At least three fishing boats from Ly Son Island were attacked this month by Chinese crews that have moved into their traditional fishing grounds around the Hoang Sa (Paracel) islands.
Nguyen Chi Thanh, 32, a fisherman and owner of one of the boats, said he and his men were attacked and robbed on January 7, Tuoi Tre newspaper reported Tuesday.
Thanh said ten Chinese people swooped in piloting two speedboats, smashed his boat and made off with his most sophisticated equipment and a ton of fish.
Another boat, with 16 fishermen aboard, was attacked that same day by a Chinese coast guard ship.
The boat's captain, Le Tan, told the newspaper that men on board the Chinese vessel threatened his crew, smashed some of their fishing and communication equipment and stole the rest.
This second group of pirates also reportedly made off with their entire catch.
Tan estimates the assault will cost him around VND350 million (US$16,420).
He said the Chinese boat showed up in the evening of January 6. He decided to rush back to shore when he realized their intentions.
After a more than two hour pursuit, the Chinese boat dispatched a speed boat to board them.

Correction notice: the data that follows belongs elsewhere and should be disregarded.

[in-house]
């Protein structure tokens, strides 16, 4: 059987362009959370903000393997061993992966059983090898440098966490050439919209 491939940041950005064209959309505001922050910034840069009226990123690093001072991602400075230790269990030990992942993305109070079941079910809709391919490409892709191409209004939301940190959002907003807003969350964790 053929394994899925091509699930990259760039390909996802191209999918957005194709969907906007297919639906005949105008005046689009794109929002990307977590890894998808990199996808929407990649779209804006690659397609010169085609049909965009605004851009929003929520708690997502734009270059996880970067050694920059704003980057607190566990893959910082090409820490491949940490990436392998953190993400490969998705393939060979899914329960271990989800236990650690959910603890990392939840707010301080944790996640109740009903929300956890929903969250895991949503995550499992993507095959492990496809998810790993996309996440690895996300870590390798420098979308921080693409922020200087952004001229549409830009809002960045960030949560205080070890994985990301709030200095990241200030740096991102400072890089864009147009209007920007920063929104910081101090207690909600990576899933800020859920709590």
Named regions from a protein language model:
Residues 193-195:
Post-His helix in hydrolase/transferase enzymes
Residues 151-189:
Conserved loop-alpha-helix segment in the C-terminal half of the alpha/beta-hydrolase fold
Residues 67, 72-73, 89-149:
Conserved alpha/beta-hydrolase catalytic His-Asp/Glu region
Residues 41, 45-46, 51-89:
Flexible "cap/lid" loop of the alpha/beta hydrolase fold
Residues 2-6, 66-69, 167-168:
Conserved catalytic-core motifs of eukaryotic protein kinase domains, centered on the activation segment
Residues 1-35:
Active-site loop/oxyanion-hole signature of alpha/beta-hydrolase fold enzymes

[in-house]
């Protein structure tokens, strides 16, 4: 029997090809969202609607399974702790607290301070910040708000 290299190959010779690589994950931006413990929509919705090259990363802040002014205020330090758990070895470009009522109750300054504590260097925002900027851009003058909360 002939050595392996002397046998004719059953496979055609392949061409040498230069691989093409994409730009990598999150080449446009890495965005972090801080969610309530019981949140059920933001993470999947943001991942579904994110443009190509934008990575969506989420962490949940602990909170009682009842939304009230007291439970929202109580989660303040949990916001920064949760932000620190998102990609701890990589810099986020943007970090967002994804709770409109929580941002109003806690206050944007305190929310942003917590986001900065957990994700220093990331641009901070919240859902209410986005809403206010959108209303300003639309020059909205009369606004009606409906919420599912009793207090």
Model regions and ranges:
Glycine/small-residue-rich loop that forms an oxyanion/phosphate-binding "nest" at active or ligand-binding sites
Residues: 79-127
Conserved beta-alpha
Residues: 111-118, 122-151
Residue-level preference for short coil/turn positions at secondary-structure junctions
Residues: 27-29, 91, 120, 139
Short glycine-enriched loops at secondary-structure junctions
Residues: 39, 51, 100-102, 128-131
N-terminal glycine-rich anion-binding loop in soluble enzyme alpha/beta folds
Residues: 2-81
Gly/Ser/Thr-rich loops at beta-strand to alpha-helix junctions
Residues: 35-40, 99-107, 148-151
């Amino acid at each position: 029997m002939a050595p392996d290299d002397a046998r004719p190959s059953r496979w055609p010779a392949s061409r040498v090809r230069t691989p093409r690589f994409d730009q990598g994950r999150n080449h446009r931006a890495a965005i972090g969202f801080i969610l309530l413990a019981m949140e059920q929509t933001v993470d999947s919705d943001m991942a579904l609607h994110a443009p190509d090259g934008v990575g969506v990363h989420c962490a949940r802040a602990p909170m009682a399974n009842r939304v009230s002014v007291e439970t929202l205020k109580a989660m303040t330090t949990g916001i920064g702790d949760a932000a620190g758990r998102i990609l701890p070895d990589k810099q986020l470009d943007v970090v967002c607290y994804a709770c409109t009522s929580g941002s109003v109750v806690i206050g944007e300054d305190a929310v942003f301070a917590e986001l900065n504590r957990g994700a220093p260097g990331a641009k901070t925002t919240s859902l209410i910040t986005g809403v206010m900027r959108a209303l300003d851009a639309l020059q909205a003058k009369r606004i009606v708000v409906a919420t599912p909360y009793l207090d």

Two fishermen from Quang Ngai Province on their boat, which was attacked by a Chinese coast guard ship on January 7, 2015. Photo credit: Tuoi Tre
Pham Thi Huong, vice chairwoman of Ly Son District in Quang Ngai Province, said Thanh's and Tan’s represent just two of three boats on the island that have fallen victim to Chinese attacks.
Huong did not provide details about the third incident.
She said local officials are clarifying the cases to file complaints through provincial agencies.
Huong said the district officials have asked local fishermen to remain alert while working in the area.
China has claimed Vietnam’s Hoang Sa and Truong Sa archipelagos as its own.
Fishing boats and coast guard ships have bullied Vietnamese fisherman operating in the area for decades. The harassment has become particularly pronounced in recent years.
Vietnamese officials have repeatedly complained that the attacks represent a blatant human rights violation--to little effect.
Last August, Quang Ngai's provincial authorities reported that Chinese forces has harassed and attacked around 30 fishing crews in the province in the first 8 months of 2014.
The incidents began being reported in earnest soon after China illegally deployed a US$1-billion oil rig into Vietnamese waters on May 2. The rig was removed in mid-July.
Many poor households in Quang Ngai rely on fishing for their livelihoods. Roughly 5,460 wooden fishing boats operate in the province, according to official statistics.
Early last July, Prime Minister Nguyen Tan Dung promised to make VND4.5 trillion ($211.5 million) available to help Vietnamese fishermen build better fishing boats to protect themselves from Chinese attacks and other threats.